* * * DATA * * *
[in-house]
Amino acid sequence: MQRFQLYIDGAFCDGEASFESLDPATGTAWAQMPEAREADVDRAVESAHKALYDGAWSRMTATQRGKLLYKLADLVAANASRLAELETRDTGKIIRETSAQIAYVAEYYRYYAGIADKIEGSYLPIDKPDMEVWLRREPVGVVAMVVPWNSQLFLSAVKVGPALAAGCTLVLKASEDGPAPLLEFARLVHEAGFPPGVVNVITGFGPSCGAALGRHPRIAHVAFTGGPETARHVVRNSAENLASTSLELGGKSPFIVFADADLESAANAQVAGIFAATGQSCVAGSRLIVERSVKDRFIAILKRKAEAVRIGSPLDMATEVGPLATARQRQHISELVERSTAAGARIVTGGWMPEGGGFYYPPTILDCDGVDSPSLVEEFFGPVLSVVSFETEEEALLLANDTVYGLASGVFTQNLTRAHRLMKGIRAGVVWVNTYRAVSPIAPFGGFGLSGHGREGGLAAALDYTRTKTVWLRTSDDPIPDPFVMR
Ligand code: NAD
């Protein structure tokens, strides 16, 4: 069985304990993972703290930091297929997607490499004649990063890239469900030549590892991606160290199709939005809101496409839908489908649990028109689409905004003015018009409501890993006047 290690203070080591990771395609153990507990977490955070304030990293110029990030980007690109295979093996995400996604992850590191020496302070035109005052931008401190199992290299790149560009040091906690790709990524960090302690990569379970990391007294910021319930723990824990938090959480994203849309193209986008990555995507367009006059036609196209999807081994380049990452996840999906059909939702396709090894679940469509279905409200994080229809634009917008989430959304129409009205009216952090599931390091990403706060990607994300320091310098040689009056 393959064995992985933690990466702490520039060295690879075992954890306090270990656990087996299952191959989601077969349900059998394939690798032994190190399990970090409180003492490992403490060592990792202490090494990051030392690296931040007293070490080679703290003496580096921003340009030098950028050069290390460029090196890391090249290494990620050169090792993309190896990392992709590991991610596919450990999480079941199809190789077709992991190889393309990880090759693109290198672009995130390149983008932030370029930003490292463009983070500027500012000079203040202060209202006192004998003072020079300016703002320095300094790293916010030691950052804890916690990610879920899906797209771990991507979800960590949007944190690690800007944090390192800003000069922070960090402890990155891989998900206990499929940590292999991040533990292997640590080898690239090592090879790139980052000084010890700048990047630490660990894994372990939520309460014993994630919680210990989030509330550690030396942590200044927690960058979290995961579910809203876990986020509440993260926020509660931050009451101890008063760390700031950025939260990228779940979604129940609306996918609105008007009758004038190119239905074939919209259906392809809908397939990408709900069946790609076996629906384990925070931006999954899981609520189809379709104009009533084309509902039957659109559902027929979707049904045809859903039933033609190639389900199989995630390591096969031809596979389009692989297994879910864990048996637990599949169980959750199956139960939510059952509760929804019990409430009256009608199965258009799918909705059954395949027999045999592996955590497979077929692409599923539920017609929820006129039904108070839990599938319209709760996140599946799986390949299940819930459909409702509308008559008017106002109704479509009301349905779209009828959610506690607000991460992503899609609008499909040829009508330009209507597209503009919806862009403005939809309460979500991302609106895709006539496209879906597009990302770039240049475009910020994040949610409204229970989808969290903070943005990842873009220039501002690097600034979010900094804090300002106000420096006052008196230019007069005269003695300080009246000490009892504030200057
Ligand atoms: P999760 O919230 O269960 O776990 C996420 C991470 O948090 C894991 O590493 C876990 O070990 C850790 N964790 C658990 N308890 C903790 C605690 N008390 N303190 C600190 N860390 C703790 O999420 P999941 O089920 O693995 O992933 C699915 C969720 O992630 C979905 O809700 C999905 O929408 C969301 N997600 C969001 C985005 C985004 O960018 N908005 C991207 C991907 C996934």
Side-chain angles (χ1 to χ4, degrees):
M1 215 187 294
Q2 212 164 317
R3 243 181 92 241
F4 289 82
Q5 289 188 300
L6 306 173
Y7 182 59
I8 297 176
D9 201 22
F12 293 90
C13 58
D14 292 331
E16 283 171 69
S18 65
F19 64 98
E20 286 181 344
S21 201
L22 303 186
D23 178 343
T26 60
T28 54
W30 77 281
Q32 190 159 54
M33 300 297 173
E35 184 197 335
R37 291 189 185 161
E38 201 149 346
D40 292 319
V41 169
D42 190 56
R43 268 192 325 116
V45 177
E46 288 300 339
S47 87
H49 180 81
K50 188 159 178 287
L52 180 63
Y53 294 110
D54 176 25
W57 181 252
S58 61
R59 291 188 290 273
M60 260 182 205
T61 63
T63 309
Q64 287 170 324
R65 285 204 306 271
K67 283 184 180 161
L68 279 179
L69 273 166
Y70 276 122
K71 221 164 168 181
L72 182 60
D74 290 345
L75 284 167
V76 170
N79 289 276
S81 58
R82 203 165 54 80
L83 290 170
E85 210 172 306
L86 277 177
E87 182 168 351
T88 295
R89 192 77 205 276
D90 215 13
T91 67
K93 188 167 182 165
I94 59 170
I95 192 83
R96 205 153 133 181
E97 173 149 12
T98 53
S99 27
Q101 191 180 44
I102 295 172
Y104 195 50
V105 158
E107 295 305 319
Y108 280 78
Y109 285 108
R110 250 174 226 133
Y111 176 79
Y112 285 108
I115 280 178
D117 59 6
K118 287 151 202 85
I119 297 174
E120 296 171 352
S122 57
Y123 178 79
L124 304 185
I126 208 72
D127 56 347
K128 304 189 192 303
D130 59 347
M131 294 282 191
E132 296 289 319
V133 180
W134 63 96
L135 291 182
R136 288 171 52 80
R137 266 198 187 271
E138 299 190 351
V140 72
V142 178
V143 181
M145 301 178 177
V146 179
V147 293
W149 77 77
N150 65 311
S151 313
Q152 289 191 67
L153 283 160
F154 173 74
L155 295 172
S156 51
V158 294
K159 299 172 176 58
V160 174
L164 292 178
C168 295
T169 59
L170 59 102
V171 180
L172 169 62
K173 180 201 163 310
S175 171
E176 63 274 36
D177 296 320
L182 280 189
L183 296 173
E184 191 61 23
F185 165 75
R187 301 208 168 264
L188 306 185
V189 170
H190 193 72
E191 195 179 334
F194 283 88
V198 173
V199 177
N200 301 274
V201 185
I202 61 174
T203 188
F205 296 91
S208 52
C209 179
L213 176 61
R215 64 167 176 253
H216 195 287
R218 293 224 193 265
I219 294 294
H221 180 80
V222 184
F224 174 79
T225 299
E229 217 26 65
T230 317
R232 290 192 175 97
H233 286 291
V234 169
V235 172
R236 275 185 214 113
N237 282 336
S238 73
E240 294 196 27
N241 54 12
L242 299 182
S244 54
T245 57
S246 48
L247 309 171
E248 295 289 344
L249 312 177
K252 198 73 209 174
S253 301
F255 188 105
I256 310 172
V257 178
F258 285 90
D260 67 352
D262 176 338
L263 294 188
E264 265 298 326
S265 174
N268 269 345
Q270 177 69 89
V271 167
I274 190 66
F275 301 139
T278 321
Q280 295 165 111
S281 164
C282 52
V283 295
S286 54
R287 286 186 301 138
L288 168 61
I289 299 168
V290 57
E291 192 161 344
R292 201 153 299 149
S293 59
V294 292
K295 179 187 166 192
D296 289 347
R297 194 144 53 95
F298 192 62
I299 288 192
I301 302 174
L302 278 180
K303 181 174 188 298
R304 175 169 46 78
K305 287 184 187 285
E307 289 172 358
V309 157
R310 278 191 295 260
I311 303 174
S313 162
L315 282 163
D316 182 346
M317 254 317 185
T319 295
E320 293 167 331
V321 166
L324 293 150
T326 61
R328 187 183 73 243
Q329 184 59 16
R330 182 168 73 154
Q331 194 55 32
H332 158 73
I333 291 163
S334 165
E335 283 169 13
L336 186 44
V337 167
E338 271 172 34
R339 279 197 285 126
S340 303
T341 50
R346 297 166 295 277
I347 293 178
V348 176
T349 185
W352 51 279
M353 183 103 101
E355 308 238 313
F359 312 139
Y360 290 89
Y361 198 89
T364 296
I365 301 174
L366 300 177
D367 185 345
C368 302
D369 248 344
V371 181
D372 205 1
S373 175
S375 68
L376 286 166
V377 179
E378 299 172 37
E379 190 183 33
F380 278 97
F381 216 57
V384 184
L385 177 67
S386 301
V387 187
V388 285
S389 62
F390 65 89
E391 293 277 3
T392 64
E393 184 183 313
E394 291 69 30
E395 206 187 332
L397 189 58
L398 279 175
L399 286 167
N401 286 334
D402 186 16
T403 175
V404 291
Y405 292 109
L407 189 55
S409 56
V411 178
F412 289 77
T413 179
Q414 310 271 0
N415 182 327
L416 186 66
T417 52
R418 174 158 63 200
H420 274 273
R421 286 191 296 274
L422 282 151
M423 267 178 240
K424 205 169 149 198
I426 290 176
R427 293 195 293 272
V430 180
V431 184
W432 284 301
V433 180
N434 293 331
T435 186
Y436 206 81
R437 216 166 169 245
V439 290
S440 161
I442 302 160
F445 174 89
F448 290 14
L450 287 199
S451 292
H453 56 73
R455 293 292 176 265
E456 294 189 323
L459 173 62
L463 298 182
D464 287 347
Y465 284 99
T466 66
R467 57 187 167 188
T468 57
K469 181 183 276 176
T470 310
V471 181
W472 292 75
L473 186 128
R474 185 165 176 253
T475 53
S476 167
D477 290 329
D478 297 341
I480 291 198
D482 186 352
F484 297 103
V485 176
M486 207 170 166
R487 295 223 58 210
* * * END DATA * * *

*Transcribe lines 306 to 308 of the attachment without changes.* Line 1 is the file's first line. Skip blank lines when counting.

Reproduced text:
R418 174 158 63 200
H420 274 273
R421 286 191 296 274